Since you're not writing from a script and not a blank page, the actual 'creation' process should be fairly straightforward.

For the right person, this would be an ongoing source of work, with the ability to gain more responsibilities over time - things like creating and editing posts directly on Wordpress, scheduling posts, etc. I would be more than happy to pay for the extra time these tasks take.

The content is all music-based, so if you have a background in music, this job will probably be slightly easier for you, however, this isn't essential.

If you have experience in Wordpress, YouTube, or are familiar with SEO, that would be an advantage, but again -it's not essential, especially at the start.


Posted On: August 09, 2018 04:11 UTC
Category: Writing > Article & Blog Writing
Skills: Article Writing, YouTube Marketing
Country: Australia
click to apply

[Help] How do I add an extra button to The event calendar (Images attached )

Talk about plugins - Tue, 08/07/2018 - 20:35

Hi there thank you for reading my post. I have The Event Calendar installed on my Wordpress website which right now with one button view link https://imgur.com/a/B5xkFsq

and I would like to add another button to it like the image in the link below

https://imgur.com/a/2qSyqbP

Any help would greatly be appreciated. Thank you.

submitted by /u/Andreboy
[link] [comments]

Drupal.org blog: What's new on Drupal.org? - July 2018

News from Planet Drupal - Tue, 08/07/2018 - 20:23

Read our Roadmap to understand how this work falls into priorities set by the Drupal Association with direction and collaboration from the Board and community.

Announcements Git remote URL changes for full projects and sandboxes

Git authentication methods for Drupal.org hosted projects are changing as we approach upgrading our developer tooling stack.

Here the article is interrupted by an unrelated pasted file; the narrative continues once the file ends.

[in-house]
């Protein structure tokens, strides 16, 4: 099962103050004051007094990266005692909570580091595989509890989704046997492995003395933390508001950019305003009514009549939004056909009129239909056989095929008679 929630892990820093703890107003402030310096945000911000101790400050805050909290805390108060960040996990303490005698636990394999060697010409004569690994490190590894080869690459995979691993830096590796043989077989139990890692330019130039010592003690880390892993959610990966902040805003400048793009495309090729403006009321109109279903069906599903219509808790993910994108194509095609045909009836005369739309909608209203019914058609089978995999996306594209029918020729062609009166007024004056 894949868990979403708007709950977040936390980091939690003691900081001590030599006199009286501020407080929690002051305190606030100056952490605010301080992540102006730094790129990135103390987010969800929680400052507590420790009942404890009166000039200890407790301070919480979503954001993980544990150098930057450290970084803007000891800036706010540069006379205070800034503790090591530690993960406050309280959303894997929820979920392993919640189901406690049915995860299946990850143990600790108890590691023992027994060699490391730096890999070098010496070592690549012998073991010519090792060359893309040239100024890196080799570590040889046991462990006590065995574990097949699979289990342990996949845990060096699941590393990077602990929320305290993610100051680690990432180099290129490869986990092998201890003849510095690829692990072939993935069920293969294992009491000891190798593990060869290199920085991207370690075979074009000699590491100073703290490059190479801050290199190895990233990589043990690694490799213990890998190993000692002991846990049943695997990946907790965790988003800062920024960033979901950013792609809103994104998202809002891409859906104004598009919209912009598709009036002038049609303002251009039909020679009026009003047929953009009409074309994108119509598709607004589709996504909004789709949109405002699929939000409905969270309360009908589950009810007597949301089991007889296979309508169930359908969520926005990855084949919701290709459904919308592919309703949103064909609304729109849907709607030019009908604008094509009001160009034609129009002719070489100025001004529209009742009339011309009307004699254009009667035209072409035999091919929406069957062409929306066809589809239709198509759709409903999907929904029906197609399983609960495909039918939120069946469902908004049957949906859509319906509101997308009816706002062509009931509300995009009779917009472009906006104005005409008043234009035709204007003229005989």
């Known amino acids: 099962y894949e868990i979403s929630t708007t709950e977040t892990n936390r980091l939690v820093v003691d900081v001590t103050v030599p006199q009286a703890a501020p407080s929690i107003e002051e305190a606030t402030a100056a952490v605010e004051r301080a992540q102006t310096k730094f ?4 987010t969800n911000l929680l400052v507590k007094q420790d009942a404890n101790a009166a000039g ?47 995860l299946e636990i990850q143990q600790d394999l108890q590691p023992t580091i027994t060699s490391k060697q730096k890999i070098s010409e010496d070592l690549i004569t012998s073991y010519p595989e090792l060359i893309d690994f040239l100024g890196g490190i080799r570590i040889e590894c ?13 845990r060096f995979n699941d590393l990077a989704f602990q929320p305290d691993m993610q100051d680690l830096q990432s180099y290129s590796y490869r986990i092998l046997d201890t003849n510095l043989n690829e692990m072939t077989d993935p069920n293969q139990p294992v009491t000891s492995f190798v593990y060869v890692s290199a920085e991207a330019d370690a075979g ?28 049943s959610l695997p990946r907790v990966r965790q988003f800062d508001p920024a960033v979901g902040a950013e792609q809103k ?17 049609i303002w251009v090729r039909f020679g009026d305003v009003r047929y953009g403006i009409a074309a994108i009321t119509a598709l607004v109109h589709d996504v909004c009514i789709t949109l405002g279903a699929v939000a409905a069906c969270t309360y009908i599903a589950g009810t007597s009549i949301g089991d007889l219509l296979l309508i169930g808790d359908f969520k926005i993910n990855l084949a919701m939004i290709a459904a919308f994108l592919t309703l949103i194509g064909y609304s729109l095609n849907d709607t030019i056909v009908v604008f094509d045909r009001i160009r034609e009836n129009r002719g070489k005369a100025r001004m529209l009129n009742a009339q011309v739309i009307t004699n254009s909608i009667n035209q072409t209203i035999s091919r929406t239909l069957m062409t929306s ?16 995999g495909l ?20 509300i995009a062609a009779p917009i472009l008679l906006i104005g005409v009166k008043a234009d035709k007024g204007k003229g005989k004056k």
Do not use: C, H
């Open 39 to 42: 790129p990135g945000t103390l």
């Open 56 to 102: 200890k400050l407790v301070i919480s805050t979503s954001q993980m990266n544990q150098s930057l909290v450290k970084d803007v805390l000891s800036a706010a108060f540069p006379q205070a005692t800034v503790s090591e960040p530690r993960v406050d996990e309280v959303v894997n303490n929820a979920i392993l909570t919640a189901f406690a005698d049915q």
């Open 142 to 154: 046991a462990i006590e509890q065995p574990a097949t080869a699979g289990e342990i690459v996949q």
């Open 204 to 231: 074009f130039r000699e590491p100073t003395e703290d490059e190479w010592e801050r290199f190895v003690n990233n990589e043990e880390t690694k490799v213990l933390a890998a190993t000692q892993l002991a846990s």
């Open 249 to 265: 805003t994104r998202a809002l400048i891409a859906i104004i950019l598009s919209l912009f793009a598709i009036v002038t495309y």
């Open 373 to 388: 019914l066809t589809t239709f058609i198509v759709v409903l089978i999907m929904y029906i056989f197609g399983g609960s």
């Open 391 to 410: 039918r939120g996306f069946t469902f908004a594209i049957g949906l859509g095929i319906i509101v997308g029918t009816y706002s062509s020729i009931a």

In particular we are:

We have updated the version control instructions for Drupal.org projects, and put a message in our Git server for any user who makes a push using the deprecated format.

For more information, please review: https://drupal.org/gitauth

Reminder: Drupal Europe is coming up soon

Drupal Europe is coming up in less than 40 days! Drupal Europe will be the largest gathering of the Drupal community in Europe and is a reimagining of this important community event as both technical conference and family reunion. The Drupal Association engineering team will be attending to connect with the community, provide updates on Drupal.org, and listen to some of the incredible speakers who will be in attendance.

Join the community in Darmstadt, Germany, from September 10-14, 2018. Make sure to register, book your travel, and secure accommodation: http://drupaleurope.org/

We want your feedback on ideas for Drupal Core

The Drupal Association has proposed several initiatives for Drupal Core - but before they can be officially adopted they need feedback from stakeholders in the community (even if it's just a "+1") and to reach community RTBC. Here are the proposals:

Drupal.org Updates Staff retreat

In July the Drupal Association gathered together in Portland Oregon for our bi-annual staff retreat. At these retreats we discuss the progress made in the last six months, and our prioritization as an organization going into the next six month period.

Hightech industry page launched

Drupal is the CMS of choice for a variety of companies in the high tech space, including organizations like Redhat, Cisco, and Tesla. Whether it is used in a front-facing application, as a decoupled back-end, or for an internal intranet experts in hightech defer to Drupal's example for their needs.

We launched a new industry page featuring these stories from high tech in July.

Drupal.org API updated for security advisories

To improve the automated toolchains built by organizations and individuals in the community to watch for new security advisories, we've updated the Security Advisory API. One of these changes ensures that the full canonical identifier for each advisory is included in the API data, which is a small but valuable change for anyone monitoring the API for advisory information.

Social Media Sharing for Events News

The DrupalCon news feed now includes social media sharing icons, so that you can better promote DrupalCon news and announcements to your networks. Word of mouth has always been a critical part of Drupal's success - so we hope that as featured speakers are announced, early bird registration begins, or the schedule is published, you will help us get the word out!